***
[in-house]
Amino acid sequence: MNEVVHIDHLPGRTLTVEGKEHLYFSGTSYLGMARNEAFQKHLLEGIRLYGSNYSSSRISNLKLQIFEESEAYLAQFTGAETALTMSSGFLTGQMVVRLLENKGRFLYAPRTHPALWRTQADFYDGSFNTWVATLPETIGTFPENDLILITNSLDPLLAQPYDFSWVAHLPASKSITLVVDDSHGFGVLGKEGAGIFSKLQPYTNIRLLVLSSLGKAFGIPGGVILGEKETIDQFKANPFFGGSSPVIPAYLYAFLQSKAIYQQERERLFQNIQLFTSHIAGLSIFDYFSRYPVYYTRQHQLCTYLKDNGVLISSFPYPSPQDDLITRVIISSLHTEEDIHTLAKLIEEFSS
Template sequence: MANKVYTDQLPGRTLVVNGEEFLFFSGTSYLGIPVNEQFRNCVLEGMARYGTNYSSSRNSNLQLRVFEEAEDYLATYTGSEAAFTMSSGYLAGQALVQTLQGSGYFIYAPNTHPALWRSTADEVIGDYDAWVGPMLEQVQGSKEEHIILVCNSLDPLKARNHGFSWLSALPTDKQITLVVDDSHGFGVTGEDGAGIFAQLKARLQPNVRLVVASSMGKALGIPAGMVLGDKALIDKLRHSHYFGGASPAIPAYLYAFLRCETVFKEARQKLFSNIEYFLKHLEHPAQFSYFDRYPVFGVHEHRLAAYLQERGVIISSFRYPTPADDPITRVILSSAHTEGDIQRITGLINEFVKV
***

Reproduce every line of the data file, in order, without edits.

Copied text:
[in-house]
Amino acid sequence: MNEVVHIDHLPGRTLTVEGKEHLYFSGTSYLGMARNEAFQKHLLEGIRLYGSNYSSSRISNLKLQIFEESEAYLAQFTGAETALTMSSGFLTGQMVVRLLENKGRFLYAPRTHPALWRTQADFYDGSFNTWVATLPETIGTFPENDLILITNSLDPLLAQPYDFSWVAHLPASKSITLVVDDSHGFGVLGKEGAGIFSKLQPYTNIRLLVLSSLGKAFGIPGGVILGEKETIDQFKANPFFGGSSPVIPAYLYAFLQSKAIYQQERERLFQNIQLFTSHIAGLSIFDYFSRYPVYYTRQHQLCTYLKDNGVLISSFPYPSPQDDLITRVIISSLHTEEDIHTLAKLIEEFSS
Template sequence: MANKVYTDQLPGRTLVVNGEEFLFFSGTSYLGIPVNEQFRNCVLEGMARYGTNYSSSRNSNLQLRVFEEAEDYLATYTGSEAAFTMSSGYLAGQALVQTLQGSGYFIYAPNTHPALWRSTADEVIGDYDAWVGPMLEQVQGSKEEHIILVCNSLDPLKARNHGFSWLSALPTDKQITLVVDDSHGFGVTGEDGAGIFAQLKARLQPNVRLVVASSMGKALGIPAGMVLGDKALIDKLRHSHYFGGASPAIPAYLYAFLRCETVFKEARQKLFSNIEYFLKHLEHPAQFSYFDRYPVFGVHEHRLAAYLQERGVIISSFRYPTPADDPITRVILSSAHTEGDIQRITGLINEFVKV